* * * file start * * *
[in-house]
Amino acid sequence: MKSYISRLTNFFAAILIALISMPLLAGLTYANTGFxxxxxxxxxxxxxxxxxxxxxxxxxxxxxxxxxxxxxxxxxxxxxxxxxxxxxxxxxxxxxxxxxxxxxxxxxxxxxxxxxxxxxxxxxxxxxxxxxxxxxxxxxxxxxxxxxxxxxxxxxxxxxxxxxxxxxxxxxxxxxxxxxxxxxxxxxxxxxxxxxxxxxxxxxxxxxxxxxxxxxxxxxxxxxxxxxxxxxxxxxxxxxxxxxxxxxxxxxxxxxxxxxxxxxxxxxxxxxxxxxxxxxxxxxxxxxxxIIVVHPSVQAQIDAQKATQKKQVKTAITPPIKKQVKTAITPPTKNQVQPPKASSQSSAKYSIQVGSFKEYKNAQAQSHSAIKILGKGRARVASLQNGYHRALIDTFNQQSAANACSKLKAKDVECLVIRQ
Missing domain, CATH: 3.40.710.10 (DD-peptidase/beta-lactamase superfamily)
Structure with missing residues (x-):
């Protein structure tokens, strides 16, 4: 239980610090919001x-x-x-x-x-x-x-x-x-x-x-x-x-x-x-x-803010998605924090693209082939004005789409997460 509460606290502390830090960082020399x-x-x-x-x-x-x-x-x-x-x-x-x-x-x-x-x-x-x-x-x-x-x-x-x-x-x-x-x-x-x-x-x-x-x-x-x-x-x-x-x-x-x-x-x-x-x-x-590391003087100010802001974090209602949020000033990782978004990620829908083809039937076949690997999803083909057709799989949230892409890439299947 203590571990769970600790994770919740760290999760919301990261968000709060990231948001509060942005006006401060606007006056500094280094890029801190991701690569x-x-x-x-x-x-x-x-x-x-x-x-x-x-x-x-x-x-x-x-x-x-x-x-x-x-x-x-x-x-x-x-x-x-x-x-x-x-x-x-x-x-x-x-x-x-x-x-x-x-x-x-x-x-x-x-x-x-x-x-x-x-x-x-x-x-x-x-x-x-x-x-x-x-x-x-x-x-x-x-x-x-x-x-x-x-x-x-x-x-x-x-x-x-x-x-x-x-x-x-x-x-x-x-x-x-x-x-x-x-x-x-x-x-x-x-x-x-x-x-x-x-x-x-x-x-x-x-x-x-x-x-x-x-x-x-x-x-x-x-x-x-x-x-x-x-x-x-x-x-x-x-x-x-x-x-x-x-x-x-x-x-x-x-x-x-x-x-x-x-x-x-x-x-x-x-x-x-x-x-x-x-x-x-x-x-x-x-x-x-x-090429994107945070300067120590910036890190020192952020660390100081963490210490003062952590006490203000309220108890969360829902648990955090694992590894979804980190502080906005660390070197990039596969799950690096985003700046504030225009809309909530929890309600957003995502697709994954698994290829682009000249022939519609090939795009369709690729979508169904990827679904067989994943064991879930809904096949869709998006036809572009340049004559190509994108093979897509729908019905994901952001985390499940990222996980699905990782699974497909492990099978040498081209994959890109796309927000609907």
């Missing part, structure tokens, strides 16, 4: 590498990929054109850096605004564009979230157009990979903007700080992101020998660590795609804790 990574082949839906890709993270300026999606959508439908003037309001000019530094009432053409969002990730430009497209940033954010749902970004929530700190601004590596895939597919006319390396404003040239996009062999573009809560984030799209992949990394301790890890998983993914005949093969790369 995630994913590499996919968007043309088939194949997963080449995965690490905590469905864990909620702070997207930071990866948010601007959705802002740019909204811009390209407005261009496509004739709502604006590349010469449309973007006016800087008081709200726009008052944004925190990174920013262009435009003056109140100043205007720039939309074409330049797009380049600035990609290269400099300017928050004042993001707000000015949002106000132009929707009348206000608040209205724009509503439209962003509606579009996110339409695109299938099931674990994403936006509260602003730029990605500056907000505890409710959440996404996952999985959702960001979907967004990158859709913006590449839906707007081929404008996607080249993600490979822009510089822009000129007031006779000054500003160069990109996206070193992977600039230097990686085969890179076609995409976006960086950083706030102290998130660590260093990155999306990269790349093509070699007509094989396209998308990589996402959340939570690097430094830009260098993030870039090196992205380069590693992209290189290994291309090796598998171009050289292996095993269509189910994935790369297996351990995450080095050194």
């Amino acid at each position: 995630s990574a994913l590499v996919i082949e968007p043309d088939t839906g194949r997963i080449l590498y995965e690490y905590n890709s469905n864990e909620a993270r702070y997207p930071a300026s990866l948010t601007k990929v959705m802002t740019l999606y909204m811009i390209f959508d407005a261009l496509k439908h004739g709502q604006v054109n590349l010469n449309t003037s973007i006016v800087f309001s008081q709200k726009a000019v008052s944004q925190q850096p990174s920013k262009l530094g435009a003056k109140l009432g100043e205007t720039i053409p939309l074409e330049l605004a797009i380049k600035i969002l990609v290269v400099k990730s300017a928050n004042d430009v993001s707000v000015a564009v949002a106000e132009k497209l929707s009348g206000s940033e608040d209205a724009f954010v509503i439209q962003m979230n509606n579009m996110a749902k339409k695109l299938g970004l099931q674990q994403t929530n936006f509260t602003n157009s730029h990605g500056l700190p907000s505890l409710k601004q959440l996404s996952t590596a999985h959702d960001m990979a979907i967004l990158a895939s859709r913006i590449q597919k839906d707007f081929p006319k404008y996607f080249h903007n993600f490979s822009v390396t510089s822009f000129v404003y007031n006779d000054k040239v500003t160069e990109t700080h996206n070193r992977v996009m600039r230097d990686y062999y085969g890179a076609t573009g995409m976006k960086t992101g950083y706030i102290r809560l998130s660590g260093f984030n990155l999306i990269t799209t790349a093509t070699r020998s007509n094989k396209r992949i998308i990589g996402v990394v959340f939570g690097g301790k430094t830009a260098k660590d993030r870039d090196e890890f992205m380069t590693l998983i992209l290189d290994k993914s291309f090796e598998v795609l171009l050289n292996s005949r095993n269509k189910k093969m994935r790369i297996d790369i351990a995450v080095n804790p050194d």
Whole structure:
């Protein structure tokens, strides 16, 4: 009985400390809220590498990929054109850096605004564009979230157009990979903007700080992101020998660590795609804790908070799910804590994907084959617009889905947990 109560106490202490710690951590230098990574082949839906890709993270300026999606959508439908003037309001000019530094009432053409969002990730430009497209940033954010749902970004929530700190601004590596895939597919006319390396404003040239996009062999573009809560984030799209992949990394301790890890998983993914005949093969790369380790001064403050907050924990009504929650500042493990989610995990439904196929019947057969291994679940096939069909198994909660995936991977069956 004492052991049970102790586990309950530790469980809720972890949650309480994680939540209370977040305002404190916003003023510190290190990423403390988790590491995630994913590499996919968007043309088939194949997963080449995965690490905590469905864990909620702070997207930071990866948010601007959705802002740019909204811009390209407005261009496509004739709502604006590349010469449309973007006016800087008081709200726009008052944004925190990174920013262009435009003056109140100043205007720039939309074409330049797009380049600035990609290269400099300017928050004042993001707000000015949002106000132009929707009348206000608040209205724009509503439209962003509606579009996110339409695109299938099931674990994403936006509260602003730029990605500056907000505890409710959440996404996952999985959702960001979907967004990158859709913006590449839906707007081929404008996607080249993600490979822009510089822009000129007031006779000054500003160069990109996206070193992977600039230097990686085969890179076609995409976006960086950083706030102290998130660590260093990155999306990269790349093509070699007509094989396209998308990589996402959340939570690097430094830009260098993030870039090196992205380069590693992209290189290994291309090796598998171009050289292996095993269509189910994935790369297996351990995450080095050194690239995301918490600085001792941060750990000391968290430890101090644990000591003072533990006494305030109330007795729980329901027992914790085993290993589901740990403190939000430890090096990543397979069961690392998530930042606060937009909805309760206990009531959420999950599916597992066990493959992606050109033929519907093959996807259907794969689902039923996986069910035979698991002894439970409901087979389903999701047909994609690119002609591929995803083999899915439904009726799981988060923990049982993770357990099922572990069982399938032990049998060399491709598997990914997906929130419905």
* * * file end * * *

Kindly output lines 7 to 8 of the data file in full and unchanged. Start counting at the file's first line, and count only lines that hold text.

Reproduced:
């Amino acid at each position: 995630s990574a994913l590499v996919i082949e968007p043309d088939t839906g194949r997963i080449l590498y995965e690490y905590n890709s469905n864990e909620a993270r702070y997207p930071a300026s990866l948010t601007k990929v959705m802002t740019l999606y909204m811009i390209f959508d407005a261009l496509k439908h004739g709502q604006v054109n590349l010469n449309t003037s973007i006016v800087f309001s008081q709200k726009a000019v008052s944004q925190q850096p990174s920013k262009l530094g435009a003056k109140l009432g100043e205007t720039i053409p939309l074409e330049l605004a797009i380049k600035i969002l990609v290269v400099k990730s300017a928050n004042d430009v993001s707000v000015a564009v949002a106000e132009k497209l929707s009348g206000s940033e608040d209205a724009f954010v509503i439209q962003m979230n509606n579009m996110a749902k339409k695109l299938g970004l099931q674990q994403t929530n936006f509260t602003n157009s730029h990605g500056l700190p907000s505890l409710k601004q959440l996404s996952t590596a999985h959702d960001m990979a979907i967004l990158a895939s859709r913006i590449q597919k839906d707007f081929p006319k404008y996607f080249h903007n993600f490979s822009v390396t510089s822009f000129v404003y007031n006779d000054k040239v500003t160069e990109t700080h996206n070193r992977v996009m600039r230097d990686y062999y085969g890179a076609t573009g995409m976006k960086t992101g950083y706030i102290r809560l998130s660590g260093f984030n990155l999306i990269t799209t790349a093509t070699r020998s007509n094989k396209r992949i998308i990589g996402v990394v959340f939570g690097g301790k430094t830009a260098k660590d993030r870039d090196e890890f992205m380069t590693l998983i992209l290189d290994k993914s291309f090796e598998v795609l171009l050289n292996s005949r095993n269509k189910k093969m994935r790369i297996d790369i351990a995450v080095n804790p050194d």
Whole structure: